What do workers want? 5 key takeaways from the first citizens’ assembly on workplace democracy
by Simon Pek, Associate Professor of Business and Society, Gustavson School of Business, University of Victoria and Rafael Gomez, Professor of Employment Relations, Director of Centre for Industrial Relations and Human Resources, University of Toronto
The question is: what kind of upgrade would best serve workers and our economy as a whole?
Imagine receiving a letter informing you that your job is relocating to another province. Your employment is contingent upon you moving and your employer refuses to discuss it with you.
Or imagine developing an innovative plan for more flexible at-home work options that will reduce your company’s carbon emissions and save your employer money. Your manager, instead of praising your efforts, admonishes you and tells you to focus on your core work — not to “rock the boat.”
Workers around the world face dilemmas like these on a regular basis. At their core, they touch on the notion of worker voice: workers’ capacities and opportunities to speak up and effect change at work.
In light of the impacts of the COVID-19 pandemic, recent labour disputes, concerns about worker shortages and racism and inequality, a growing chorus of people are asking: how can all workers have the opportunity to meaningfully influence workplace decisions and have their voices heard?
Worker voice doesn’t just empower workers. It also has wide-ranging benefits for employers and broader society as well. It can help protect workers’ interests, improve workplace performance and contribute to societal democratization.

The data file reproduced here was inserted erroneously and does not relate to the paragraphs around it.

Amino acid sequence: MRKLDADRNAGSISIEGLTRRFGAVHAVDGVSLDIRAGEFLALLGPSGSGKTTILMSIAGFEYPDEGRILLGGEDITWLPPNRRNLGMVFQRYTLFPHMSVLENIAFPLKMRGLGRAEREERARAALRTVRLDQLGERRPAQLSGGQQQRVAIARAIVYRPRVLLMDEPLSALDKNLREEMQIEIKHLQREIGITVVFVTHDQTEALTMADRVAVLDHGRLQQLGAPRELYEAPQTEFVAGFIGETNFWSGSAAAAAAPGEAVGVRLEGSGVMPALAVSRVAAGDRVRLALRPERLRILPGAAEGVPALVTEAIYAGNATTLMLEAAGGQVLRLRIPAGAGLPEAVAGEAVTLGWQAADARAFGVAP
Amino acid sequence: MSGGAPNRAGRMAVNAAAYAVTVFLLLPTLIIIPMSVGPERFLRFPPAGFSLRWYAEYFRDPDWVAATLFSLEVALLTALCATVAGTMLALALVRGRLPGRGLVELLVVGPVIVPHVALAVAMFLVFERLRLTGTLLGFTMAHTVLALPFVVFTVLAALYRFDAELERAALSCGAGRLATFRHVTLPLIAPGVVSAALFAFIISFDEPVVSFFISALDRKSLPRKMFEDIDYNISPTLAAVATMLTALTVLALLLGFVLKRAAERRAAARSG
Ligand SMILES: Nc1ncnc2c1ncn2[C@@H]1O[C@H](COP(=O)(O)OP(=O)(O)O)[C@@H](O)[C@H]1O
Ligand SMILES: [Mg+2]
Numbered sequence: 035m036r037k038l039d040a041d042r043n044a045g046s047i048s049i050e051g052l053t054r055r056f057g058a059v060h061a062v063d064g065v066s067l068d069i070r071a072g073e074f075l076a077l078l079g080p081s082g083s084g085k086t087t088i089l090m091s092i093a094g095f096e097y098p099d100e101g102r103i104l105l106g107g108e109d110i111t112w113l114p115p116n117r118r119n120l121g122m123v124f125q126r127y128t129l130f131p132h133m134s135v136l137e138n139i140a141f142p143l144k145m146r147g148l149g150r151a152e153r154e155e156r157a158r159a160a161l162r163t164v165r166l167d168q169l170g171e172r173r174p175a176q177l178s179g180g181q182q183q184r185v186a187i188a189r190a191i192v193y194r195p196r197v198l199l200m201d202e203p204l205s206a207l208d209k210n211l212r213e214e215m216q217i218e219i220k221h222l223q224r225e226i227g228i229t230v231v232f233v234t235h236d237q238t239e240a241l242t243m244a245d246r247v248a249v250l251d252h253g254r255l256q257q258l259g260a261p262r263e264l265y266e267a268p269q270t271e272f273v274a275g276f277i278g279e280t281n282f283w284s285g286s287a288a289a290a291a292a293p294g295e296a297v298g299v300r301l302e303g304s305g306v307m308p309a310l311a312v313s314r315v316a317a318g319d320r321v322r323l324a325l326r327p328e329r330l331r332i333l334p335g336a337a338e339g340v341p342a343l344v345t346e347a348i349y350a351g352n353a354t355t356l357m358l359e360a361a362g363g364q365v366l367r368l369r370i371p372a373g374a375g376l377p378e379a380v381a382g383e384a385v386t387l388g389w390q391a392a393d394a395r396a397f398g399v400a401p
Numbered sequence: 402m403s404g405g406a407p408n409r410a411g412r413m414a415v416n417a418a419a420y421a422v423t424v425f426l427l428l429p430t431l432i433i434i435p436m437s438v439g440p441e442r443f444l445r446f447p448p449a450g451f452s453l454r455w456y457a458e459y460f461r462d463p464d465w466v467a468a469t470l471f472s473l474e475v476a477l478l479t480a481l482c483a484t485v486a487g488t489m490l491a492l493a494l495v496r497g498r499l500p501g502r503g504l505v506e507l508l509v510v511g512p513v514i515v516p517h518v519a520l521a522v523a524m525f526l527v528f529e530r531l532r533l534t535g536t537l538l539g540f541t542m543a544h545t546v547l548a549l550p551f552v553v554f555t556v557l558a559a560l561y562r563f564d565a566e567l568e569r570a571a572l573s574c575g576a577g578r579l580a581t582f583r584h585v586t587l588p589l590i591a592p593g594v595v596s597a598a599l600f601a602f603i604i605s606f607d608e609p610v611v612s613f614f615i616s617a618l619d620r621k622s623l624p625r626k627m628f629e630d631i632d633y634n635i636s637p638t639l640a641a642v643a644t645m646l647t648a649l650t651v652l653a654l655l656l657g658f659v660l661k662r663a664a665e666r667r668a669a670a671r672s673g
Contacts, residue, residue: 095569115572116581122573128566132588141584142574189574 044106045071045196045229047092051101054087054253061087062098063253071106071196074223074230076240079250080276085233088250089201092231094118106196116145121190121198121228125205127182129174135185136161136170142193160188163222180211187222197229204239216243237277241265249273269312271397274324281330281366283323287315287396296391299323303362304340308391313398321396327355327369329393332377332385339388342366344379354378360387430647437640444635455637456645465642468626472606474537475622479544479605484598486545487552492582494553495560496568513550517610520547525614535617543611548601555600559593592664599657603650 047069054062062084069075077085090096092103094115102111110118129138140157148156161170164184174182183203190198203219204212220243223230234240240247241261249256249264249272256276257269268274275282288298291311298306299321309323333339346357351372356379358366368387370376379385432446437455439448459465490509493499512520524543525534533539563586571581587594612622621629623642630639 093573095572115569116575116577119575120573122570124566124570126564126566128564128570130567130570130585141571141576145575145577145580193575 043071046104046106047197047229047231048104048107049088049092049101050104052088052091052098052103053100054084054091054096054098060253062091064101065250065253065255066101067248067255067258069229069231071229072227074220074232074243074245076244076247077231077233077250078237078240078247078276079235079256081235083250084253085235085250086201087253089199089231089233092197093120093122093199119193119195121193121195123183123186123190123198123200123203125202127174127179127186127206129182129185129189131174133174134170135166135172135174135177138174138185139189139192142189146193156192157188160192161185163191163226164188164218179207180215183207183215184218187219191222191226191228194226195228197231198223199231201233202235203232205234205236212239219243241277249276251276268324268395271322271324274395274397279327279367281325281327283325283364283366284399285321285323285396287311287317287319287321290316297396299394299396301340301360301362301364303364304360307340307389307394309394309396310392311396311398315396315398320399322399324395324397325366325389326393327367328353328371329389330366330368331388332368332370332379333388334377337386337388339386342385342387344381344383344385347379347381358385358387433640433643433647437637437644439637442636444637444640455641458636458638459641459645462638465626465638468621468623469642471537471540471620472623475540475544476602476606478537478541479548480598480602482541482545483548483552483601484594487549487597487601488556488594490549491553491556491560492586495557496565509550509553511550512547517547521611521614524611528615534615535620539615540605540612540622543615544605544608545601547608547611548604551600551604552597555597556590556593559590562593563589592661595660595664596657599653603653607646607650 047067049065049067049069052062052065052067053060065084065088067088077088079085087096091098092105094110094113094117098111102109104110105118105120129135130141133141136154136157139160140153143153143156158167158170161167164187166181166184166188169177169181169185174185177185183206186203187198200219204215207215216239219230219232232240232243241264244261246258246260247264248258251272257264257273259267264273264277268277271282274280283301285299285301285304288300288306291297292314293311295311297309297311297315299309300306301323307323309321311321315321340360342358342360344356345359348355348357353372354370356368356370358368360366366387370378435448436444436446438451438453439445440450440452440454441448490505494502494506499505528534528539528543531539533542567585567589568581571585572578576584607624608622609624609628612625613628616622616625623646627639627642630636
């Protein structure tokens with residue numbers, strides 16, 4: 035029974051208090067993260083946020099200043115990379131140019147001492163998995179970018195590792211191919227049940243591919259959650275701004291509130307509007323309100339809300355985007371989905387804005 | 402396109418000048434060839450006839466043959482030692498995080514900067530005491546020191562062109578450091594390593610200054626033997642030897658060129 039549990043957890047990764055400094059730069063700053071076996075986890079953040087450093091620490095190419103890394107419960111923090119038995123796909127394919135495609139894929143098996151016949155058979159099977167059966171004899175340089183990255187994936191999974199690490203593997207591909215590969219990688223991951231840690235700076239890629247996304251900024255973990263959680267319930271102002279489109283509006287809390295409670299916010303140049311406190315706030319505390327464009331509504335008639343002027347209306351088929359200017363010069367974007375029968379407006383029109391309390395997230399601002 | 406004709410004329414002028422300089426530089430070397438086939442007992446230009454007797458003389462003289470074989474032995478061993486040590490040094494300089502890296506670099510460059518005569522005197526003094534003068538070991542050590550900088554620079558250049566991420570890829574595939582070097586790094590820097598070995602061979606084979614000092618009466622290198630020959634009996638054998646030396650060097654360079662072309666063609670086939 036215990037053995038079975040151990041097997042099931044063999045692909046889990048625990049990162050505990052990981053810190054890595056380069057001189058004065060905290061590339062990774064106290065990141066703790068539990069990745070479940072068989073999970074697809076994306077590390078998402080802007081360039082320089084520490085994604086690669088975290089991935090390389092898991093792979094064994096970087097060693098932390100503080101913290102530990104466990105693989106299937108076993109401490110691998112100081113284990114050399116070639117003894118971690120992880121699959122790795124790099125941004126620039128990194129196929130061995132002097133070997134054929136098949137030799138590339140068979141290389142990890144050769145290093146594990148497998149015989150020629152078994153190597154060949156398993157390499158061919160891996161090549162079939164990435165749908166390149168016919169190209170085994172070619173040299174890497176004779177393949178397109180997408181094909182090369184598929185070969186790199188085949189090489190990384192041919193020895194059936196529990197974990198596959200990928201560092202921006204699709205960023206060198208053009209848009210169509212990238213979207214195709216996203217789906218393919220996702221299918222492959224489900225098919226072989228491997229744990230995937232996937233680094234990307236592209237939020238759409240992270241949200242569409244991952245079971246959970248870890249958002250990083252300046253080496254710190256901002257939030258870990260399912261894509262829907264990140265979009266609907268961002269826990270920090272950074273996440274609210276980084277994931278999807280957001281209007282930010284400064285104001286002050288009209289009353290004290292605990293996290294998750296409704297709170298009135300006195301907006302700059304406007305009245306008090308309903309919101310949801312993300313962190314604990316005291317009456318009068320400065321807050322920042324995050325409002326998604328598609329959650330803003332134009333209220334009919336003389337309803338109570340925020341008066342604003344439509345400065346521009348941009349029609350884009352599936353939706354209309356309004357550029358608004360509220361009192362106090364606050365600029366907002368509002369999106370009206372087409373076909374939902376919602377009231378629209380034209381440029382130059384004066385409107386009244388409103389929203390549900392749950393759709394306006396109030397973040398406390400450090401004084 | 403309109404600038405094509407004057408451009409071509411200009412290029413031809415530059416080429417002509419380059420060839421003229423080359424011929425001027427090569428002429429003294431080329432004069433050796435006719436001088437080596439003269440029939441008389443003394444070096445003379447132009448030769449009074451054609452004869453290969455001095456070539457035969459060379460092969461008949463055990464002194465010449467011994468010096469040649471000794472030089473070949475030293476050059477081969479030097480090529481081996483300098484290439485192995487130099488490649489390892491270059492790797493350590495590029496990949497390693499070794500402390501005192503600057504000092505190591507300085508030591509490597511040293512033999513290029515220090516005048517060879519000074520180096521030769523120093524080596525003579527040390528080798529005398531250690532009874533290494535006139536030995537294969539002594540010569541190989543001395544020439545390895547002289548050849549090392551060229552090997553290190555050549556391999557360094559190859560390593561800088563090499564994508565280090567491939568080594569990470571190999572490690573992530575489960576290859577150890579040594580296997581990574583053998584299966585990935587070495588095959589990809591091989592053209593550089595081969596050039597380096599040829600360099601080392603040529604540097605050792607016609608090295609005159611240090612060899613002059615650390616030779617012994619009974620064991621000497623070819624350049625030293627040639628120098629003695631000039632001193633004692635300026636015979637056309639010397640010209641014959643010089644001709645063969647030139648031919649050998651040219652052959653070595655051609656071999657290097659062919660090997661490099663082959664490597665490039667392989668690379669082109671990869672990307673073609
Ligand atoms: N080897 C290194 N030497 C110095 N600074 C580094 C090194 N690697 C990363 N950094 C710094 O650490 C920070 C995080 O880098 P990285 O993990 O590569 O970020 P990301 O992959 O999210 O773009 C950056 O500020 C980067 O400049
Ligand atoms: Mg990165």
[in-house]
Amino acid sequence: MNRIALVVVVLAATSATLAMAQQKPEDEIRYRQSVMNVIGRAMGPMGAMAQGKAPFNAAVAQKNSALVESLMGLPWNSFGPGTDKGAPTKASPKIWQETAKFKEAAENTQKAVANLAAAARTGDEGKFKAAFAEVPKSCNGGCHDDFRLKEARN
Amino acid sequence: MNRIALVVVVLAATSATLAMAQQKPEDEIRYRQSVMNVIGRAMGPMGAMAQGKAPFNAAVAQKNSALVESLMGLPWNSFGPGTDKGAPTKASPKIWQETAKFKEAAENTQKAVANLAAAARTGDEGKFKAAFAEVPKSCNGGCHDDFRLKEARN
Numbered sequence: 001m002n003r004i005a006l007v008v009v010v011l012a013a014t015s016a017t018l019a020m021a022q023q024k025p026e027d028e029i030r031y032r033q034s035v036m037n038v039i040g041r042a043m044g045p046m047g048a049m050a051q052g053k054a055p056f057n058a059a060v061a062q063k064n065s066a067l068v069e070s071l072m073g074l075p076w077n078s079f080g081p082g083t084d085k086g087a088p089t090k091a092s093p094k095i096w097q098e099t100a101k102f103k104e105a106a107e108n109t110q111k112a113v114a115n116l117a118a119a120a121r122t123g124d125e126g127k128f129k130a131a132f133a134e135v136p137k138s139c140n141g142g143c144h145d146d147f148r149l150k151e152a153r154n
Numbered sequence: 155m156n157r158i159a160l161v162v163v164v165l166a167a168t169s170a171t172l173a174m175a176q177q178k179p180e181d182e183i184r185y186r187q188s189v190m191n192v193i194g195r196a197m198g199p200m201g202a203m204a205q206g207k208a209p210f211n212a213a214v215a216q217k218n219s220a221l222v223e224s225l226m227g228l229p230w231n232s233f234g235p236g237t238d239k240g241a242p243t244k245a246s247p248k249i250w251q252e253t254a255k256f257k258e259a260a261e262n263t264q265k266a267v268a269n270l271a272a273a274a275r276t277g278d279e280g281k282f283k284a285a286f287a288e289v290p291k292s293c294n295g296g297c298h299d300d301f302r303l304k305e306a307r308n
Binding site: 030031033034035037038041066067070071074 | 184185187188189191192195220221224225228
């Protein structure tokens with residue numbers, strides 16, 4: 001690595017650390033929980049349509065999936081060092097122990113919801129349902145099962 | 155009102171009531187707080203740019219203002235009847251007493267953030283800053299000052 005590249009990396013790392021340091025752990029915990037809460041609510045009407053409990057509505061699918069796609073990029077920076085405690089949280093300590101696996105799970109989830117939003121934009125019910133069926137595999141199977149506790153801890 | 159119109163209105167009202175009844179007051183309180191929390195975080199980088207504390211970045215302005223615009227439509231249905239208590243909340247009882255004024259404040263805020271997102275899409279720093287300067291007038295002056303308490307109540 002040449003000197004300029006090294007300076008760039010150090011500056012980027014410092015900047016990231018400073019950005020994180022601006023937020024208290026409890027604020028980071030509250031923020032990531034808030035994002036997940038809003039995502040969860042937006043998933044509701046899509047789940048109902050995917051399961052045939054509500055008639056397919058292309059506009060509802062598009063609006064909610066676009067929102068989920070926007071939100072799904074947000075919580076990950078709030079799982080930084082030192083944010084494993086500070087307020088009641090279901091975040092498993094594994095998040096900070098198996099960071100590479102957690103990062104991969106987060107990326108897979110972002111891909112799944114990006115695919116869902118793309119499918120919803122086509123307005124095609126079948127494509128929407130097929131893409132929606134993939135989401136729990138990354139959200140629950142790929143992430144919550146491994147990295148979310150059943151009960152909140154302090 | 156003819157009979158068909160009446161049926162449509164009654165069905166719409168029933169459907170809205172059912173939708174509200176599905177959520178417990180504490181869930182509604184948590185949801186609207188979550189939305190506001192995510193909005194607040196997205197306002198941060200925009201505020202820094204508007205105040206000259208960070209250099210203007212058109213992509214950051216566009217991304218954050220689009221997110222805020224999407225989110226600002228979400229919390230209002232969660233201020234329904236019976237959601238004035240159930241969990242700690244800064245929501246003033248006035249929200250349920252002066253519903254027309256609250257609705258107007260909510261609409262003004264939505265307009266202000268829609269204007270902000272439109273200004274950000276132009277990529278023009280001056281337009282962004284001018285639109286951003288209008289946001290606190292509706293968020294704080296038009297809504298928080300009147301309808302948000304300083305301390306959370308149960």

Unfortunately, unless Canadian workers are covered by a collective agreement, opportunities to shape decisions at work are largely at the whim of their employer. This leads to situations in which some workers have ample opportunities to speak up at work, while others — often those more marginalized — have almost none.
Even our most robust channels, like collective bargaining and grievance procedures, have been criticized by some as being too adversarial or not protective enough of individual rights and interests of their diverse membership.
Clearly, our practices and systems need an upgrade. The question is: what kind of upgrade would best serve workers and our economy as a whole?
Building a democratic assembly
To tackle this issue, we gathered a group of 32 Ontarians to serve in the Ontario Assembly on Workplace Democracy (OAWD). This was a first-of-its-kind effort that used a democratic innovation known as a “citizens’ assembly.”
The process involved selecting individuals through a democratic lottery, which generated a group of participants representative of the diversity of the province in their union status, sector, gender, income level and age. They were far from the usual suspects typically involved in policy discussions about this topic.
Over five intensive working sessions spanning the summer and fall of 2022, OAWD members re-imagined how workers shape organizational decision-making in Ontario.
They had frank conversations with each other about their experiences speaking up at work, developed principles that should underpin any robust system of worker voice, and brainstormed recommendations for employers, unions and governments to improve worker voice. These discussions were aided by a dedicated team of facilitators and a diverse group of expert and stakeholder witnesses.